24 July 2003, Rome -- Farmers in
Afghanistan are about to harvest the biggest wheat crop in two
decades, said Serge Verniau, Representative of FAO in Kabul.
"This is a very encouraging
development considering that the country suffered greatly from
armed conflicts and a four-year drought," Verniau said
in a statement released today. "We are expecting that
the harvest will amount to more than 4 million tonnes. The
country will still need to import an estimated one million
An assessment report
prepared by FAO and the World Food Programme will soon be
published with more detailed information.
The crop situation improved after good rains, much
better access to seeds and fertilizers and a more stable
should become a main priority
"I would say that FAO's emergency activities, such
as the delivery of seeds, fertilizers and tools and the
successful control of potentially damaging locust outbreaks in
the North, contributed to this success," Verniau added.
Around 85 percent of the Afghan population
depend on agriculture. Agriculture should become a main priority
regarding funding and political support.
"Unfortunately, some key players still have not
realized that Afghanistan's future depends very much on the
development of the agricultural sector," Verniau said.
Chronic undernutrition and micronutrient deficiency
disorders continue to be a major problem in Afghanistan,
according to FAO. Particularly hard hit are small children,
women, refugees and people in remote mountain areas.
"The diets of many people are
unbalanced," Verniau said. "They lack energy,
but most often variety. The diets are poor in micronutrients
such as vitamin A, iron and iodine. There are also pockets of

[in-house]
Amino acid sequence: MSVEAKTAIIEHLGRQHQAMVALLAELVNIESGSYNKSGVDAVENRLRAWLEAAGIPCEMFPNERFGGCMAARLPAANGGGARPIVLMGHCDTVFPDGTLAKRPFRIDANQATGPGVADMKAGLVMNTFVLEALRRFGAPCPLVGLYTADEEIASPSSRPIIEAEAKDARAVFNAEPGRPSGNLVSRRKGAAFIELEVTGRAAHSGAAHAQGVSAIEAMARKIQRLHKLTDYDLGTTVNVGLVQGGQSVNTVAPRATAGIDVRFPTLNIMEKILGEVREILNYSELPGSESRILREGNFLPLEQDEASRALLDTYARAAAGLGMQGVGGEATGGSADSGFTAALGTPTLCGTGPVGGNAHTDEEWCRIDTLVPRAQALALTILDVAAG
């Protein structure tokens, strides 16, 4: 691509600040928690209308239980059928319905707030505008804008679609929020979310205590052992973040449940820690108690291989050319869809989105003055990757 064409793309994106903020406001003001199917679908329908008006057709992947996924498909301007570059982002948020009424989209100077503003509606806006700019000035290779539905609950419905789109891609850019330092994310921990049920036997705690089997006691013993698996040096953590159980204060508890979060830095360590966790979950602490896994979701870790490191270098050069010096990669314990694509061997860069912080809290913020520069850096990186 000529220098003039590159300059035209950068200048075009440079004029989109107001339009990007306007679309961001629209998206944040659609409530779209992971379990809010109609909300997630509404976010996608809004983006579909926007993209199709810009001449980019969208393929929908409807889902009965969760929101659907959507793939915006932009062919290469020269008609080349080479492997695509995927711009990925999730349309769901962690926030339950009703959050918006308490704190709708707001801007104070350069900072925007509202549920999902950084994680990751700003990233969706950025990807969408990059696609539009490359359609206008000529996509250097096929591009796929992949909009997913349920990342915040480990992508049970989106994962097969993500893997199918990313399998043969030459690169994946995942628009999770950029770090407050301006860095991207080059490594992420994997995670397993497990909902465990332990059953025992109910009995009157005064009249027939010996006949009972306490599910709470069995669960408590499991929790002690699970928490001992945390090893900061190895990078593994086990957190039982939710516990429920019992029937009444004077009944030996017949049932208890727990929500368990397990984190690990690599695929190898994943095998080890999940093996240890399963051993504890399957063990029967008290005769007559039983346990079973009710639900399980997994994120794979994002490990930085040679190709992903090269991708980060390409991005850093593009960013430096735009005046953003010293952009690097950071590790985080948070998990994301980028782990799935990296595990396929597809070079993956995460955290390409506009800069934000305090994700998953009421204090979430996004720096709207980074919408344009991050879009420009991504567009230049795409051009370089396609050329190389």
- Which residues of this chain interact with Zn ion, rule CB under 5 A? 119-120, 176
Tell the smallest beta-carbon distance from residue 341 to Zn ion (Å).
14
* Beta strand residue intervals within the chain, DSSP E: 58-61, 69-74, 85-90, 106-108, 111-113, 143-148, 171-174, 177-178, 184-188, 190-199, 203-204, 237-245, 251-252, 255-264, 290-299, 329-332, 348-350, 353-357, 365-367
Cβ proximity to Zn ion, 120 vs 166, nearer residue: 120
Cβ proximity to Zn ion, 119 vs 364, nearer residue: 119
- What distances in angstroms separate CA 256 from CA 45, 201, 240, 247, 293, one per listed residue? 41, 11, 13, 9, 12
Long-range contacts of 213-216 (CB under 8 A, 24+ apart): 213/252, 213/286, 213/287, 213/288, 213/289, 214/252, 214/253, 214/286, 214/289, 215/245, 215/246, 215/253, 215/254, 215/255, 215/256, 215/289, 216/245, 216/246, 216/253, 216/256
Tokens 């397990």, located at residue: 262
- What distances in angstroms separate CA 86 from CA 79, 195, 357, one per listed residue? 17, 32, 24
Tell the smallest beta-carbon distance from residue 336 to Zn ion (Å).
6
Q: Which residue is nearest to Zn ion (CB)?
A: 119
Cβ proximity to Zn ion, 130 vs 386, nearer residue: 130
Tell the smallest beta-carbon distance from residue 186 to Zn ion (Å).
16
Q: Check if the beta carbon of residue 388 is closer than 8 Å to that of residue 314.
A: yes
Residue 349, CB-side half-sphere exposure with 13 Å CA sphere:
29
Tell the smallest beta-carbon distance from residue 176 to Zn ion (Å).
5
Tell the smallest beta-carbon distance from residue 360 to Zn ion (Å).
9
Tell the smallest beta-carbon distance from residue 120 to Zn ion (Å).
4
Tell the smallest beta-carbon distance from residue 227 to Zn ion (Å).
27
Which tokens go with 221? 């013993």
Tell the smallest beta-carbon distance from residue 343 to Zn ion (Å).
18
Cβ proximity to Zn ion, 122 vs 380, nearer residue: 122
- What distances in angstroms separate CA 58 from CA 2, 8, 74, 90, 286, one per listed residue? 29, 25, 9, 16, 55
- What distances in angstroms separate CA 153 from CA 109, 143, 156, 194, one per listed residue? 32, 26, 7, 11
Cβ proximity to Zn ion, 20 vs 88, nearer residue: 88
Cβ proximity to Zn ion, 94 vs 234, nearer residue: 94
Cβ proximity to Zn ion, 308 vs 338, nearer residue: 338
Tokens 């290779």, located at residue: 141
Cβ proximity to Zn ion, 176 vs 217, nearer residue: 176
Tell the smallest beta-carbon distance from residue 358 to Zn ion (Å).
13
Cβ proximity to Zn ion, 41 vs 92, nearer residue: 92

scurvy due to vitamin C deficiency affecting people in the
northern mountains during winter months."
Poverty is still widespread in the country and people
have no access to a nutritious diet, or simply cannot afford it.
They often live just on bread and tea, small quantities of milk
and yogurt and some legumes. The intake of fruits, vegetables
and meat is still very low. People are not starving, but diets
are not rich enough for children to grow and to develop mentally
and for adults to be productive, Verniau said.
Livestock diseases are still a
The situation of Afghan
livestock farmers has not really improved. The outbreaks of
livestock diseases such as foot-and-mouth disease and peste des
petits ruminants are still considerable and do pose a serious
threat to neighbouring countries, according to FAO.
"It is clear that without a sound animal
health strategy run by farmers and livestock agencies, livestock
production could remain low and constrained by disease. FAO will
run a livestock vaccination campaign to keep the worst outbreaks
in selected areas under control," Verniau said.
FAO has also undertaken a country-wide
livestock census to get a clear picture about how many farm
animals remain after the conflict and drought in Afghanistan and
under what conditions farmers are producing. This is the first
census for many years.
Alternatives to poppy
Poppy production has increased by almost 20 percent
compared to last year, the head of the FAO Office in Kabul said.
The possibilities of introducing alternatives to poppy
production such as the rehabilitation of fruit tree nurseries
and vegetable seed production do exist.
"The country could, for example, try to gain
market shares in niche markets such as organic and horticulture
production. However, there is no immediate solution to the
problem. Poppy production offers income and employment
opportunities. It will take time to build credible alternatives.
In addition, the conditions for law enforcement and controls
have to be created."
that it has received fresh funding commitments from donors but
that it is still facing a gap of $10-15 million to provide a
comprehensive programme of rehabilitation of agriculture in the
coming months. The European Commission, USAID, Germany, the
Netherlands, Italy and the UK are the main donors.
Information Officer, FAO
(+39) 06 570